Work: August 2006 Archives

The human sprinkler

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This week's column is an elaboration of the short post I made on Liam's annual checkup. I still have the bruise, FYI.

I also want to make a point about my kids; after one of my last columns, several people obviously unfamiliar with my kids and my website wrote and stated that not only were my kids brats, but that my family shouldn't be allowed within a ten mile radius of a commercial entity. I know that these people don't have children, because people with children usually exhibit better manners out of practice as little eyes are always watching them; and because they missed the fact that Liam had just received an allergy shot and we waited over an hour in a cramped pediatric waiting room which would make anyone batcrap insane. Next time I will bring them to YOUR HOUSE.
I love my boys and they're some of the best behaved and most compassionate children I've ever had the privilege of knowing. Thanks to everyone who wrote or commented to share their own grocery stories. A few of them made the egg fiasco seem EASY. You're totally welcome to borrow Liam's helmet.

Also! The yard! Mowed:

It's now thicker than the yards of our neighbors and Chris says this because he lets it grow to seed which I think is a crock of BS.

*EDITED to add: We did not pay a neighbor kid, much to Chris's chagrin. He actually went out into the yard by himself and mowed it. He also loudly protested the whole putting up the photos of the yard on the internet thing and offers his sincerest thanks to all of the men who wrote to back him up on the idea of paying a neighbor kid to do it from now on because that is "totally the way to go, Dana."

That's what the creaking was

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I did last night's interview (thanks Geoff!) while perched on top of my washer because that's as far as our corded land line would reach. We never ever use our home phone, in fact, not even our family has our phone number because that's how much we don't use it. We're all about e-mail and free long distance after 8 p.m. on the cell phones.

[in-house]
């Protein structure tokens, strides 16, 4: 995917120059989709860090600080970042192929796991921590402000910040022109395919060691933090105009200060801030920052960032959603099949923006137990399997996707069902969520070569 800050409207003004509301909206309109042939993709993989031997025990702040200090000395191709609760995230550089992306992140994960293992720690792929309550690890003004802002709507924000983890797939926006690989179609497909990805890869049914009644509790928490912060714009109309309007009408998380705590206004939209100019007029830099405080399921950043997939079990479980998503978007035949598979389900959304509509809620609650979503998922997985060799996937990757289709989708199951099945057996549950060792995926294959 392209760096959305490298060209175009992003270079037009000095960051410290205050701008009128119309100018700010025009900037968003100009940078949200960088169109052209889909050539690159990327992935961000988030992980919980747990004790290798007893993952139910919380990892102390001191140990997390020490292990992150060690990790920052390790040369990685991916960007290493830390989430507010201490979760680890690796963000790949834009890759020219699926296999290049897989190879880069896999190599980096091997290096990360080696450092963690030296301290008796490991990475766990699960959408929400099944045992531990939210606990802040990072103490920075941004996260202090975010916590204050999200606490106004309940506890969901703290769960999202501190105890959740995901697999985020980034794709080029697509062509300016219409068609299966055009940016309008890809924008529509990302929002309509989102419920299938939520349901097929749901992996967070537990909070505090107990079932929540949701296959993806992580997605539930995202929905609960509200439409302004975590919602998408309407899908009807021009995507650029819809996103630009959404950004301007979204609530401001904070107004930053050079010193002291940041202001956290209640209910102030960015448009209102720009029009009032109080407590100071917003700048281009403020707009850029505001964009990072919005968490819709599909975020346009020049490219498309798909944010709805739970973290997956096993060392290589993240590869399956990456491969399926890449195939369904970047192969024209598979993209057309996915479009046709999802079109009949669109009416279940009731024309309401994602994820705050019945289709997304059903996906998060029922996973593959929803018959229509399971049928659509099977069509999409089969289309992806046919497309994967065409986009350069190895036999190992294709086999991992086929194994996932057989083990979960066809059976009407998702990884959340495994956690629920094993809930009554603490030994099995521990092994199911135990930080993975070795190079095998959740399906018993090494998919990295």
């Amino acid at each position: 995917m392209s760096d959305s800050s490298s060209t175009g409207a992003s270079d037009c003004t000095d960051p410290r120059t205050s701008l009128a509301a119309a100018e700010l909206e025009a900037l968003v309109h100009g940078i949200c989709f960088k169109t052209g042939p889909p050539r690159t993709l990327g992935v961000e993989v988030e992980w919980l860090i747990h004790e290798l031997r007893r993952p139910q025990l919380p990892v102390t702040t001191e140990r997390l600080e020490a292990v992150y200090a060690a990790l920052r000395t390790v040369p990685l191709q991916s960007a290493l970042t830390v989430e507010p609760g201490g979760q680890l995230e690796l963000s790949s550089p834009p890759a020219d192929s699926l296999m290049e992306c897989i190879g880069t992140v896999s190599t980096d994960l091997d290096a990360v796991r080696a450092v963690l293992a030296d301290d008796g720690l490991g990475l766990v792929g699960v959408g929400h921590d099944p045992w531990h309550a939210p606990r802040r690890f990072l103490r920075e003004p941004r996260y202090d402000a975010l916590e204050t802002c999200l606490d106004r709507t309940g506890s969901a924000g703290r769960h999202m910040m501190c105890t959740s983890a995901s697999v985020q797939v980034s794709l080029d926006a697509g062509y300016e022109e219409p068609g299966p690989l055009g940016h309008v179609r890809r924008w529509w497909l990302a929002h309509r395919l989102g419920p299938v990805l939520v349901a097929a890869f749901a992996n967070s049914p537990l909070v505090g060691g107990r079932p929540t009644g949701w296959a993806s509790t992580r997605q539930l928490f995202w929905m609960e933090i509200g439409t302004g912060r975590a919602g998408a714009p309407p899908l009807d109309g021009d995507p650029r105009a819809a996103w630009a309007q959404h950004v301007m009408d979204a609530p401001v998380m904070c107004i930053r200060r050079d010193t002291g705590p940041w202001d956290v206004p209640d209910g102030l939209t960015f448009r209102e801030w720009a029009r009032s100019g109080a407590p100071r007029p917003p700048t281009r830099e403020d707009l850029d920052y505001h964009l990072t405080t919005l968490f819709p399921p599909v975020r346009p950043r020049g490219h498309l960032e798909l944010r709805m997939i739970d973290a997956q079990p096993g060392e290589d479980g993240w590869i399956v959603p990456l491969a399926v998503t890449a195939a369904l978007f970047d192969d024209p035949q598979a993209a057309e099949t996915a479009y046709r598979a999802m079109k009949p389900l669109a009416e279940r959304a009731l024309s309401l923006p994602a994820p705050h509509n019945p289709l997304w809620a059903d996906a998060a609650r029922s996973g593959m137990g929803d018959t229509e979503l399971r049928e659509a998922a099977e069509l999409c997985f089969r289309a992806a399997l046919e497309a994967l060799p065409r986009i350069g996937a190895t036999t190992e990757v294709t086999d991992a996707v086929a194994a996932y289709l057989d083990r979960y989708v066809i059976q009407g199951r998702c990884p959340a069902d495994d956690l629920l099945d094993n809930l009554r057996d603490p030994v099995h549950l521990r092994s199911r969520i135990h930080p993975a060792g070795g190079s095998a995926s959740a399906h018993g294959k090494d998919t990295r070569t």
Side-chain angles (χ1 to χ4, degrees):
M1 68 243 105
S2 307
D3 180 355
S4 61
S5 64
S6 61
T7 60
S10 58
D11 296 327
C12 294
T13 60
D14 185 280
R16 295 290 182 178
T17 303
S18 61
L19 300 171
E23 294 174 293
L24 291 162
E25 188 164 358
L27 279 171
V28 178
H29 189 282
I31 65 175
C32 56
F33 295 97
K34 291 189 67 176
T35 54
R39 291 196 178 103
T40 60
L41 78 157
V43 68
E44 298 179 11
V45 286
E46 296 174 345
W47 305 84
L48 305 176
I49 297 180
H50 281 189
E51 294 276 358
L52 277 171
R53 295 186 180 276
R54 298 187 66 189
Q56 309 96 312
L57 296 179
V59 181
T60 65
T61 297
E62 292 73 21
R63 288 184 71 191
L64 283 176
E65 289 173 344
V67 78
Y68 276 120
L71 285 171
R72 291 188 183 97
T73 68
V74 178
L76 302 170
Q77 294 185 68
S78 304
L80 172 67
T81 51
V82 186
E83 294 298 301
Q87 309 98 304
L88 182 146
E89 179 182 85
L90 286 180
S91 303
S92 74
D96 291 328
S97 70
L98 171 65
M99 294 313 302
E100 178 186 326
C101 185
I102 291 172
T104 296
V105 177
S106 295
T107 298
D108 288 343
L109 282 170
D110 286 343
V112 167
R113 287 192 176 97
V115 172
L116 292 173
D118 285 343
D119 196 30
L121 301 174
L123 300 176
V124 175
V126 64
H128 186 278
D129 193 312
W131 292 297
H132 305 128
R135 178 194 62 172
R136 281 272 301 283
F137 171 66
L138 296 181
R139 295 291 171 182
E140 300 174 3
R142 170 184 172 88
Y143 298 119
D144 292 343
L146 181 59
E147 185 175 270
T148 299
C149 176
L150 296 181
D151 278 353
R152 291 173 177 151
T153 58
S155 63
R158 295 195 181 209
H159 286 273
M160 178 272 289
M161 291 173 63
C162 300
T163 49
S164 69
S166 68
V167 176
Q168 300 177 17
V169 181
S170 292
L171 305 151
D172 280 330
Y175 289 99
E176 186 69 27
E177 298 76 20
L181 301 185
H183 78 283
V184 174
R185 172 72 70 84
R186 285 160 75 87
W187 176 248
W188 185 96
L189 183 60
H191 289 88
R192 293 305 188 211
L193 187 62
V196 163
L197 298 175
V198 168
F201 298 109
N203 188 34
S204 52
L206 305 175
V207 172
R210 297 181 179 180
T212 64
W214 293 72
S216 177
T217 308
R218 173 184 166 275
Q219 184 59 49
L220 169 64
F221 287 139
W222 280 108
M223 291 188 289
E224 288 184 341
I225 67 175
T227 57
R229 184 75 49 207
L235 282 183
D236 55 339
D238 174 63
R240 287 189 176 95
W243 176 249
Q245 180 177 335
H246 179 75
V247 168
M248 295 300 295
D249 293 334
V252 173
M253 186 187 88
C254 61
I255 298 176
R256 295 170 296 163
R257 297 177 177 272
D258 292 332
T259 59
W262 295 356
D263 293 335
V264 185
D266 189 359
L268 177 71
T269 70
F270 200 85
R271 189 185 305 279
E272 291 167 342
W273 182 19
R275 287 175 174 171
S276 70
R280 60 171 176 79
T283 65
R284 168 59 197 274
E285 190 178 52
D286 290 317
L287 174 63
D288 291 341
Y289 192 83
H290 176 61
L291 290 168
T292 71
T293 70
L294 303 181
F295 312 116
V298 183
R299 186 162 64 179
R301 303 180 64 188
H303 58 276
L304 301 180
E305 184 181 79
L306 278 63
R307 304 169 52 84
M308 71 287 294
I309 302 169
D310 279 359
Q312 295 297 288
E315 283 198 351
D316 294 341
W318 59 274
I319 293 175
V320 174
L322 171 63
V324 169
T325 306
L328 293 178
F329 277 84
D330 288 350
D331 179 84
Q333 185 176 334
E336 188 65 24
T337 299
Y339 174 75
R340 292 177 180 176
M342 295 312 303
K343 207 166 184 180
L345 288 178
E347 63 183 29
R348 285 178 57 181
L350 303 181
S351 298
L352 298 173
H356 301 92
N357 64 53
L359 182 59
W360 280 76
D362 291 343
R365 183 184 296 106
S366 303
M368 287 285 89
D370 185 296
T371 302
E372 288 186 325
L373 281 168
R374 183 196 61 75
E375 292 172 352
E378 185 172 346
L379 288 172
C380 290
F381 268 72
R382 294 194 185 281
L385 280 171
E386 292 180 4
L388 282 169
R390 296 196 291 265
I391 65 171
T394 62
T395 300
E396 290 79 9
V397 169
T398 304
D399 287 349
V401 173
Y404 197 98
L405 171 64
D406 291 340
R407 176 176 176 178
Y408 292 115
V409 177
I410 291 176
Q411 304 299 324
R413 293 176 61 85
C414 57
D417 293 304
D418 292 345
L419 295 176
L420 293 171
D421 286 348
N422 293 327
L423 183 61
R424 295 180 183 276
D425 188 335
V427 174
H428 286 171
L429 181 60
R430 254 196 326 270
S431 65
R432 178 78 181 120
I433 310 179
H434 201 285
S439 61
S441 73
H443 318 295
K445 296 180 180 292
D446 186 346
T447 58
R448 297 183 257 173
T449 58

So I had the phone cord stretched across my kitchen behind the door to my laundry room where I sat on the washer, hunched over on the edge, frozen, as the cord was nearly about to rip out of the wall. All of this because if Ewan heard me talking he'd start screaming and beating his head on his crib. He was mad that Chris didn't put him to bed and when I told him goodnight he threw his teddy bear and blanket at me in a sassy protest. He then sat in the middle of his crib and yelled "DAAAY!" "DAAAY!" for daddy. When I peeked in at him to see if he wanted me he flung his arms down in the hopes that they would shoot out of their sockets and stab me in the head because there was nothing else was left in the crib to throw.

The public breastfeeding debate

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This week's column concerns the hoopla surrounding Baby Talk Magazine's August cover. It features a topless woman! Here is the article I referenced in my piece. I am not a lactivist because I am not trying to change the already inherent right a woman has to breastfeed anywhere she darn well chooses; I think the bigger battle lies with trying to stop America from sexualizing how a child eats. Doesn't this country do that with enough already? My word, they made Barbie a ho!

I strongly encourage new visitors to read the comment/letters policy before commenting as I will eliminate any trolls for this topic (obviously not all of the new visitors are trolls, that sounded awful, just a high number seem to be drivebys), though judging from the morning mail it looks like that won't happen.

*ADDENDUM: I cross-referenced the topic over at ClubMom - "Breasts are only gross when they're NOT being used for sex. This exact thinking is the reason why the redneck is indigenous only to North America" - but in a different vein: breastfeeding during church. I wasn't kidding when I said that I nursed my kids EVERYWHERE.